Left Hand Valley Courier - All Local, All The Time

By Vicky Dorvee

After the flood: What followed nature’s powerful punch in 2013


September 22, 2018

Courtesy photo

A river of water ran down Nimbus Road Friday, September 13th.

It was Sept. 12, 2013, when rain from a stalled storm began to swell and overrun the banks of nearly every waterway in Boulder County, assaulting massive amounts of personal property, streets, bridges, rocks and vegetation, disrupting lives for what would be years to come.

Left Hand Water District’s emergency response

“I have to say one of my least favorite things is revisiting the flood,” Left Hand Water District (LHWD) Manager Christopher Smith said. “I like the fact that it’s behind us.”

As water levels became unmanageable, LHWD posted this notice on its website: “Water Outage Notification: Overnight, several of the District’s main transmission lines were washed out by Boulder and Left Hand Creeks. Both of our water treatment plants are operational, but at this time we are unable to get raw water to the plants, and we are unable to convey treated water from the plants to some customers “

The three creeks that cross the district – Boulder, Left Hand, and St. Vrain – were all impaired. Fourteen sections of LHWD lines were breached, with pipes either broken or washed away completely. The consequence was a serious loss of pressure within the system and the emptying of four main storage tanks.

By the end of the day on Friday the 13th, water could no longer be treated, and based on protocol, boil alerts were sent out to customers.

Nimbus Road became a running river, making access to LHWD headquarters impossible. Employees who were able to head toward the facilities parked a quarter of a mile away and hiked in to discover that phone lines, gas, and electricity were all out of service.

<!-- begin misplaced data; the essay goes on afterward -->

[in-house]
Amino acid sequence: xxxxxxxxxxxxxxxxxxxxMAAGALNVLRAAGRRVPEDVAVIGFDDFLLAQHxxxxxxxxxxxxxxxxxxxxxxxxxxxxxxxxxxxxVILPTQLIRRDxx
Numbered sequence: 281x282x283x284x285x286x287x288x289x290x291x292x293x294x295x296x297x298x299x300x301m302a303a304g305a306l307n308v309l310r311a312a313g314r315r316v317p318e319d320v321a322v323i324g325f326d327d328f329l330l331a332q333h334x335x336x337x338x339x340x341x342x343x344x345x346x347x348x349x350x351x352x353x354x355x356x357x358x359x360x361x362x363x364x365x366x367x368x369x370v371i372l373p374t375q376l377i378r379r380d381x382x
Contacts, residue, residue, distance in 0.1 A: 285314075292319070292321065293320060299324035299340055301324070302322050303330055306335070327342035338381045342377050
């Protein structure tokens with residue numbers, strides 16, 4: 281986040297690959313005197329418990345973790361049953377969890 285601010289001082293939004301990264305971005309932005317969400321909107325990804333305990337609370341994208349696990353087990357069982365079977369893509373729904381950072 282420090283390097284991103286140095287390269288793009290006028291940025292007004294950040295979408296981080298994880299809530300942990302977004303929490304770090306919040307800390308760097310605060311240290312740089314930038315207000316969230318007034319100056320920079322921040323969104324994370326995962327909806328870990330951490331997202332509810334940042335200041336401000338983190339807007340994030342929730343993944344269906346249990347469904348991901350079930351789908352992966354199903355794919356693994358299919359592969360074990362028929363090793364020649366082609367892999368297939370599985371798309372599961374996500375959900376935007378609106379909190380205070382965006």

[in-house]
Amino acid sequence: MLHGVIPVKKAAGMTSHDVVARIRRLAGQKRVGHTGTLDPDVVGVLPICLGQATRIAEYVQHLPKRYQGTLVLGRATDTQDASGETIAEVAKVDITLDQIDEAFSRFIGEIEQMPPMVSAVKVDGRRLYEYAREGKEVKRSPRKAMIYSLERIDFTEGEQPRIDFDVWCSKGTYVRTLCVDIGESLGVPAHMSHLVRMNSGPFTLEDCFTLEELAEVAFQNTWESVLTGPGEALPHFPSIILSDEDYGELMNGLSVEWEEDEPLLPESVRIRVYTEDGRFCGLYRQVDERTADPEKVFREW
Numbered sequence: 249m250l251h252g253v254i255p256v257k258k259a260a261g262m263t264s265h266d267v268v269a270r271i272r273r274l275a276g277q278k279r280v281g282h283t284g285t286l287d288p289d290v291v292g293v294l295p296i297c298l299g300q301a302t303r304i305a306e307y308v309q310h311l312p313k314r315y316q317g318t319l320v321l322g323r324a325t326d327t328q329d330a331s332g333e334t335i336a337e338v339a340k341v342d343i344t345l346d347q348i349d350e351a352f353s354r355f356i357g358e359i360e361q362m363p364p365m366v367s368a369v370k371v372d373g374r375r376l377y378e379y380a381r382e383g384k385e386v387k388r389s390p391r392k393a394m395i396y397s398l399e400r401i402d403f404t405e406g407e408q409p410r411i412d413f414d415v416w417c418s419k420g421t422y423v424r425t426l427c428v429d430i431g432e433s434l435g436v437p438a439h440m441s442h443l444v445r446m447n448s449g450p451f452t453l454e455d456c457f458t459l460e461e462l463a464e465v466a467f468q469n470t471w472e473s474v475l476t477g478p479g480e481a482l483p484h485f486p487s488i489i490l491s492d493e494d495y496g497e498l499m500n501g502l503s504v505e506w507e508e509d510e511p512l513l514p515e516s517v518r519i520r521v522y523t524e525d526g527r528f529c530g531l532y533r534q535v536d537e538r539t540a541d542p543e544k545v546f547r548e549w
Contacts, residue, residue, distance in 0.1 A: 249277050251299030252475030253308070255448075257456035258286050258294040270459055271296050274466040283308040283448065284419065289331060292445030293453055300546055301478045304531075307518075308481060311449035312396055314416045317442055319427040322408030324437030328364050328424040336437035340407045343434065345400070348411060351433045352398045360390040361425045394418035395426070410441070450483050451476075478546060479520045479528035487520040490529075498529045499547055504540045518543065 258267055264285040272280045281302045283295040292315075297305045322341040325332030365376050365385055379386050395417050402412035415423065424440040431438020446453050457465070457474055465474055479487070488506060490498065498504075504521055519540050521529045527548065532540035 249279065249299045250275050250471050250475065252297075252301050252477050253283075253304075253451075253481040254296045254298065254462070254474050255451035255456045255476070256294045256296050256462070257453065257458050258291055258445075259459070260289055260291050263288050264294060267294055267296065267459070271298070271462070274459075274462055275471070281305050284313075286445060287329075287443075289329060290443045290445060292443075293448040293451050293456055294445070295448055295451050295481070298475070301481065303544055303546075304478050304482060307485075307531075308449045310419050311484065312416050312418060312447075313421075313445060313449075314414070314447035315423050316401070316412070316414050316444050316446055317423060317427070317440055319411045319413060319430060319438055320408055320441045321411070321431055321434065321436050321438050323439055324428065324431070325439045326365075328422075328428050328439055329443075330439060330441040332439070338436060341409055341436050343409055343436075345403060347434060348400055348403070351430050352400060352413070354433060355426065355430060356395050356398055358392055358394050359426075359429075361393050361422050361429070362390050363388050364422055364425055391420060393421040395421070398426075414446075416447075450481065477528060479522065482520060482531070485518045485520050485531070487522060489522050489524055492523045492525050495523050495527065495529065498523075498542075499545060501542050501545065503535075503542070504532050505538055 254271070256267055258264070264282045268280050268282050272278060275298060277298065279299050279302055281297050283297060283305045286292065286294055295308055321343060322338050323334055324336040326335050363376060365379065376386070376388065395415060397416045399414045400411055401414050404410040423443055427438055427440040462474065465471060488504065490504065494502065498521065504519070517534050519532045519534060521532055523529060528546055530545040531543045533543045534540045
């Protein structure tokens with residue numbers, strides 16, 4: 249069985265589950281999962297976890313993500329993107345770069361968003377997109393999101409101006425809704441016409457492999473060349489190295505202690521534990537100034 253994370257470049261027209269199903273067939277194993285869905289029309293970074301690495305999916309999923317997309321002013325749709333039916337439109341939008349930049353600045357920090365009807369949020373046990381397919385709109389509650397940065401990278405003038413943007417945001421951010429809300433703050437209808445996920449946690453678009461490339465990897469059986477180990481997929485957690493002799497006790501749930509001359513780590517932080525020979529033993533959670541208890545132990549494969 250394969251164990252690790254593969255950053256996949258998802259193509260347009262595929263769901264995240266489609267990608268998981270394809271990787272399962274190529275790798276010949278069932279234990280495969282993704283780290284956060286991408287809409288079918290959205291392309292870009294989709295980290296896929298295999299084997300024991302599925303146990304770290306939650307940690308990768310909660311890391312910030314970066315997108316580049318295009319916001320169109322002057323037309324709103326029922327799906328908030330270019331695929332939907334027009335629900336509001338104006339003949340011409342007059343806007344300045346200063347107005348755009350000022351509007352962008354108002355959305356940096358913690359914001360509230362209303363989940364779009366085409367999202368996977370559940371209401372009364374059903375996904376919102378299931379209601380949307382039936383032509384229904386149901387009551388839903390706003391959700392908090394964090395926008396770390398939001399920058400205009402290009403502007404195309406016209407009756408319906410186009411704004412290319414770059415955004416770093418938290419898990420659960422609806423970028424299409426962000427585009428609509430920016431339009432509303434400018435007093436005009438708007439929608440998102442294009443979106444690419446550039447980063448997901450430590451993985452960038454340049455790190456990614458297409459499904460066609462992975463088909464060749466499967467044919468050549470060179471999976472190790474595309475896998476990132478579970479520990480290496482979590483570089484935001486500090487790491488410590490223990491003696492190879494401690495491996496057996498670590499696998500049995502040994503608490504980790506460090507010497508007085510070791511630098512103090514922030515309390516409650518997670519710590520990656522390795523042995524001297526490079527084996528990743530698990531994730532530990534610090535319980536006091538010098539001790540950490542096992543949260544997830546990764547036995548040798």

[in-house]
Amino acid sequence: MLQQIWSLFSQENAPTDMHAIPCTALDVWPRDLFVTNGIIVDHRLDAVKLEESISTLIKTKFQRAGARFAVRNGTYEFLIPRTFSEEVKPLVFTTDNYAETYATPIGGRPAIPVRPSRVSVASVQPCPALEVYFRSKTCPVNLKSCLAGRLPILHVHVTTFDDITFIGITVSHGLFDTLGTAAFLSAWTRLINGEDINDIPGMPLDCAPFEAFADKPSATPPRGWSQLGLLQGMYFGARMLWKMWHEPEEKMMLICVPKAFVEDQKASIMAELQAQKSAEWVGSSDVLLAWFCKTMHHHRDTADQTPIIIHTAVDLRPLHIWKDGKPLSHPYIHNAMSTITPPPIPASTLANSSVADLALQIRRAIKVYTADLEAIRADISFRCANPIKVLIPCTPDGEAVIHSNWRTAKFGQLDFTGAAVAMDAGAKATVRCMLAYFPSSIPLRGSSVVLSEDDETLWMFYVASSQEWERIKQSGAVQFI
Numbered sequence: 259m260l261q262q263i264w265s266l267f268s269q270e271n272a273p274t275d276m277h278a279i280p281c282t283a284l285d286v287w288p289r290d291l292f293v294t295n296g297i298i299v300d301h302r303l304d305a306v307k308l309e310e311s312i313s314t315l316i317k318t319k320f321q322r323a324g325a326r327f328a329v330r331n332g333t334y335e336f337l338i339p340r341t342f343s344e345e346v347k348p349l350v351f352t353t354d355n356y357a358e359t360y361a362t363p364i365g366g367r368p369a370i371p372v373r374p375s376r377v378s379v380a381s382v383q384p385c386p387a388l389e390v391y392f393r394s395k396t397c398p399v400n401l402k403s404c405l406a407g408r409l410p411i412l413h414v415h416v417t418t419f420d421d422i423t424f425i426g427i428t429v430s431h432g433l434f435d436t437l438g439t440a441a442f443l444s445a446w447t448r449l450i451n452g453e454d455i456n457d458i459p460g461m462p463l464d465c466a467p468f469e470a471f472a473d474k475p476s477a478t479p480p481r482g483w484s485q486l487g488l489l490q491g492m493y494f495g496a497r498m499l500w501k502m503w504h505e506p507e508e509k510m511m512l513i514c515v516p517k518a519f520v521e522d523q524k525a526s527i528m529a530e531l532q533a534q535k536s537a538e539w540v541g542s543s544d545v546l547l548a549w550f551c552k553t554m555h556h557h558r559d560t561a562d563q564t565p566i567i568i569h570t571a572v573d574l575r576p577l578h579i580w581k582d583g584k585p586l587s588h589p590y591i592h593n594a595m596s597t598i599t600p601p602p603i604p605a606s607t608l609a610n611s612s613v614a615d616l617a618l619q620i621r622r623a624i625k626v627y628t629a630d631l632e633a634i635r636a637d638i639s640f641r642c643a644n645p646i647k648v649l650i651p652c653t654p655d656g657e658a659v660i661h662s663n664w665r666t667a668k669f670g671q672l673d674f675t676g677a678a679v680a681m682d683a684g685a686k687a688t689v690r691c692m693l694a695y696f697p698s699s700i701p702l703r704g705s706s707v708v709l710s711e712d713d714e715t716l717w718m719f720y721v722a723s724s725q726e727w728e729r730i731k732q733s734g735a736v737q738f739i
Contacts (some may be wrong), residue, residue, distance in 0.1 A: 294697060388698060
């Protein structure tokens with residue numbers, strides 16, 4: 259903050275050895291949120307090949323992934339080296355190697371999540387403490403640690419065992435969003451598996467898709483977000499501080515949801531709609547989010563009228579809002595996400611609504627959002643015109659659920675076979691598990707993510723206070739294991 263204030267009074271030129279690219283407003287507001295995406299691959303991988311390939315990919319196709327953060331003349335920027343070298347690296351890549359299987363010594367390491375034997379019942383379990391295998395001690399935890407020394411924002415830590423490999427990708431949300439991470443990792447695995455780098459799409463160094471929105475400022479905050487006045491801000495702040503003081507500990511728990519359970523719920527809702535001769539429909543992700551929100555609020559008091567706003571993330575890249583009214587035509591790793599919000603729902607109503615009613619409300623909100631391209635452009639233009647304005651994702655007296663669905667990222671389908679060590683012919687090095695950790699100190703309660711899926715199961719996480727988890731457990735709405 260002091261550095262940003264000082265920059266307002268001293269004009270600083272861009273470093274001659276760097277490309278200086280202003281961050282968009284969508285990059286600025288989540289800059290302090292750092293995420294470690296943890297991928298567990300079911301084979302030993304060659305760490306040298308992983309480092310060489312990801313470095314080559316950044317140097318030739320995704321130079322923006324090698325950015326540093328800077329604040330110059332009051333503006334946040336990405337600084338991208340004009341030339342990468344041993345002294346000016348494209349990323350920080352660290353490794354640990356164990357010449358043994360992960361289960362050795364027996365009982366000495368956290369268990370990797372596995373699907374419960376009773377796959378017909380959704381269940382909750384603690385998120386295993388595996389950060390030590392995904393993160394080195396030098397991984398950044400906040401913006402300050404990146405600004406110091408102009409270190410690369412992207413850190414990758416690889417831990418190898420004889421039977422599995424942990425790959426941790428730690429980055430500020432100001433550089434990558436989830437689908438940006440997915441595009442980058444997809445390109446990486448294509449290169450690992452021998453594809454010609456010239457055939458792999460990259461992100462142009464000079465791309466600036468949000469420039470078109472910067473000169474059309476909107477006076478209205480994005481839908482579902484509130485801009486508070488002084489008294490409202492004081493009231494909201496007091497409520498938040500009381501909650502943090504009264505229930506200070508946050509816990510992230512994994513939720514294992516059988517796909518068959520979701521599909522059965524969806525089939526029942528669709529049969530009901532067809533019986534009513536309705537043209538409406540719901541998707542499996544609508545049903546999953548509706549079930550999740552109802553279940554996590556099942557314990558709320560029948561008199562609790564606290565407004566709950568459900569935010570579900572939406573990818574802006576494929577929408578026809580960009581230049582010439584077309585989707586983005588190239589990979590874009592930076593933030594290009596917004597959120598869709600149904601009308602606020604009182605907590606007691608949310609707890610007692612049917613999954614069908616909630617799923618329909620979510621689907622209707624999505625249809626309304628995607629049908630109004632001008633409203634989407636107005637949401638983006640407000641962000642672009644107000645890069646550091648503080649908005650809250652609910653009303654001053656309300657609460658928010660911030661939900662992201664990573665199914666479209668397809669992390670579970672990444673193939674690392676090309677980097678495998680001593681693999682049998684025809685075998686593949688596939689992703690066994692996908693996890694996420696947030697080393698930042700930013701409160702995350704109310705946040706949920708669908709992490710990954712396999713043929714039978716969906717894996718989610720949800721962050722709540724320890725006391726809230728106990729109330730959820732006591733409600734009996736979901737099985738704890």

Although the district had what Smith described as “robust emergency response scenarios in place,” contingency plans kept leading to dead ends.

“The 13th was the worst day,” Smith said. “Left Hand Water District has been around since 1962 and had never experienced anything like this.”

The water district had to patch together a crew of staff and engineering consultants to circuitously reach pipelines, assess the destruction, and reach shut-off valves to stop water from needlessly spilling out of broken pipes. Flooded roads and debris made for a huge challenge.

Nearly five days after the disaster, enough lines were plugged and rerouted that the majority of customers were back in the flow with clean water.

The cost of repairing the district’s infrastructure, both in the first few days and then permanently, came to $2.4 million. Federal Emergency Management Association (FEMA) and state disaster relief funds will cover $1.8 million, while the balance comes out of district reserves.

“We will be dealing with the state and feds on this reimbursement for at least another five years,” Smith said. This is within the normal timeframe for FEMA procedures, according to Smith. In the meantime, the district fronted the entire restoration cost.

By early 2014, the water district’s infrastructure repairs were completed, but environmental damages sustained to the 76 square-mile watershed that feeds LHWD resulted in years of rebuilding and to this day, those efforts continue.

Restoring Left Hand Watershed

Left Hand Watershed is the primary source of water for LHWD. The flow starts with snowmelt from Isabelle Glacier in Indian Peaks Wilderness and runs to Longmont where it meets with St. Vrain Creek.